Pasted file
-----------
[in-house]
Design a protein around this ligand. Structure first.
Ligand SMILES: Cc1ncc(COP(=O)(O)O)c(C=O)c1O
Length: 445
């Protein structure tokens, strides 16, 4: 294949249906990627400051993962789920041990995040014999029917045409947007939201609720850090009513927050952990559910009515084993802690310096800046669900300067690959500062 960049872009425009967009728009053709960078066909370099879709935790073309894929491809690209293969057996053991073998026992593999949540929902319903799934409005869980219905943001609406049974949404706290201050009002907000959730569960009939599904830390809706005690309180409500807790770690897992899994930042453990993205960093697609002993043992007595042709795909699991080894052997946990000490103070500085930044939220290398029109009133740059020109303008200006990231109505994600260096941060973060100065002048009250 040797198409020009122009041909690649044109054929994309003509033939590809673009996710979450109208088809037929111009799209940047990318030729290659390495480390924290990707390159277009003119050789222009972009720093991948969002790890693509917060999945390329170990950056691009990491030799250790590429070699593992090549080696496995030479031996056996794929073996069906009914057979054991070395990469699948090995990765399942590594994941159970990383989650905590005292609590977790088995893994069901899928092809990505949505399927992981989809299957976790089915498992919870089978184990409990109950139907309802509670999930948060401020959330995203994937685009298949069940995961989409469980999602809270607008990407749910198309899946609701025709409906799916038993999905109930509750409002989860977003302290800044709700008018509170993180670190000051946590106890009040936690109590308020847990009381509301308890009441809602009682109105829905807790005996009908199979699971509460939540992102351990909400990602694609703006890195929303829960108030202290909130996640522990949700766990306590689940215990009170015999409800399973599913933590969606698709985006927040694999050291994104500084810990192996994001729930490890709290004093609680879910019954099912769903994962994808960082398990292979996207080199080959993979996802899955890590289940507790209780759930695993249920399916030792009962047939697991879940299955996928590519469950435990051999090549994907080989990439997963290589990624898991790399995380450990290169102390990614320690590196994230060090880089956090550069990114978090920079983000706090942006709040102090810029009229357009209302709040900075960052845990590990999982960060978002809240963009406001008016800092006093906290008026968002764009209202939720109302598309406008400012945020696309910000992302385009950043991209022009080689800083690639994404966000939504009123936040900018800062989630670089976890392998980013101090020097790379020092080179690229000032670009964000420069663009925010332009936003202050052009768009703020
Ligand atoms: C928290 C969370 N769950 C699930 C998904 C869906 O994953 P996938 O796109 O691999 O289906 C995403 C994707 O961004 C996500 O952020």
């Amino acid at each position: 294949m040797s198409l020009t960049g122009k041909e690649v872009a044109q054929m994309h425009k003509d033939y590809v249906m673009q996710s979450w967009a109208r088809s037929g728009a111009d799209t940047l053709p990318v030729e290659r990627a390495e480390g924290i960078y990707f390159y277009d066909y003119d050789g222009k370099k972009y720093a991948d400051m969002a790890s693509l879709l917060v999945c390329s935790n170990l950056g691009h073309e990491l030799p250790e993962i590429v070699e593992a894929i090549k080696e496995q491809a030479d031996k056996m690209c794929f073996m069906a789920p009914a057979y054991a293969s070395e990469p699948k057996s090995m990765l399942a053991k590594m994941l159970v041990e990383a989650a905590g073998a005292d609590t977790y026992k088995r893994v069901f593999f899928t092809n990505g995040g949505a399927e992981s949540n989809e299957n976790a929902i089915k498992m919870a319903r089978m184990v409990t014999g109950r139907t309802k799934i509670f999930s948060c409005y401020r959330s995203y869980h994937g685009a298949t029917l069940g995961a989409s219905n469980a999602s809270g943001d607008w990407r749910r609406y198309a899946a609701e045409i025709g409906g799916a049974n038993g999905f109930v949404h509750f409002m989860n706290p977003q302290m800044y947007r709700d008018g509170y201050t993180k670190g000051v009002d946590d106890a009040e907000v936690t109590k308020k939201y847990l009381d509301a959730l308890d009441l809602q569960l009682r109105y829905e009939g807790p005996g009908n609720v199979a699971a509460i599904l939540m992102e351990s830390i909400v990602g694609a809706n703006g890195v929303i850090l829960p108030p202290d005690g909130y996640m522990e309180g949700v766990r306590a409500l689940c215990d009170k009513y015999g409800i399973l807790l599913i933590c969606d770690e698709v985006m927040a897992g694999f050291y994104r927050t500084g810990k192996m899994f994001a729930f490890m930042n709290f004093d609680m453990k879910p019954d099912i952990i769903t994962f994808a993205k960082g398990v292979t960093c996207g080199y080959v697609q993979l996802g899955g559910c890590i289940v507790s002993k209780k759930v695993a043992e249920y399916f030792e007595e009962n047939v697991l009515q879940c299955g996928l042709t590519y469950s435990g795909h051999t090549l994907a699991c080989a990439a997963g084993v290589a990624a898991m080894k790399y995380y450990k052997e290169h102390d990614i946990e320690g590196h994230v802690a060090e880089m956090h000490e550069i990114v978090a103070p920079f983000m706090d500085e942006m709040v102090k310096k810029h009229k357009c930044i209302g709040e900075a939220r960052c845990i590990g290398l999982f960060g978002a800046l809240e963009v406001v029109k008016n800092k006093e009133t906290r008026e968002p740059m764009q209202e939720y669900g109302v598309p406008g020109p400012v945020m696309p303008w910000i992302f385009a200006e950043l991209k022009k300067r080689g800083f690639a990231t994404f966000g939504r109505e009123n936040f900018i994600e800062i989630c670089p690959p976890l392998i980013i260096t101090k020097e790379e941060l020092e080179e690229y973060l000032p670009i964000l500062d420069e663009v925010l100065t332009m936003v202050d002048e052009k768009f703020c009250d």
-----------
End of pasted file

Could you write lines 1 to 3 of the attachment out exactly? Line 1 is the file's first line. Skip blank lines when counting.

[in-house]
Design a protein around this ligand. Structure first.
Ligand SMILES: Cc1ncc(COP(=O)(O)O)c(C=O)c1O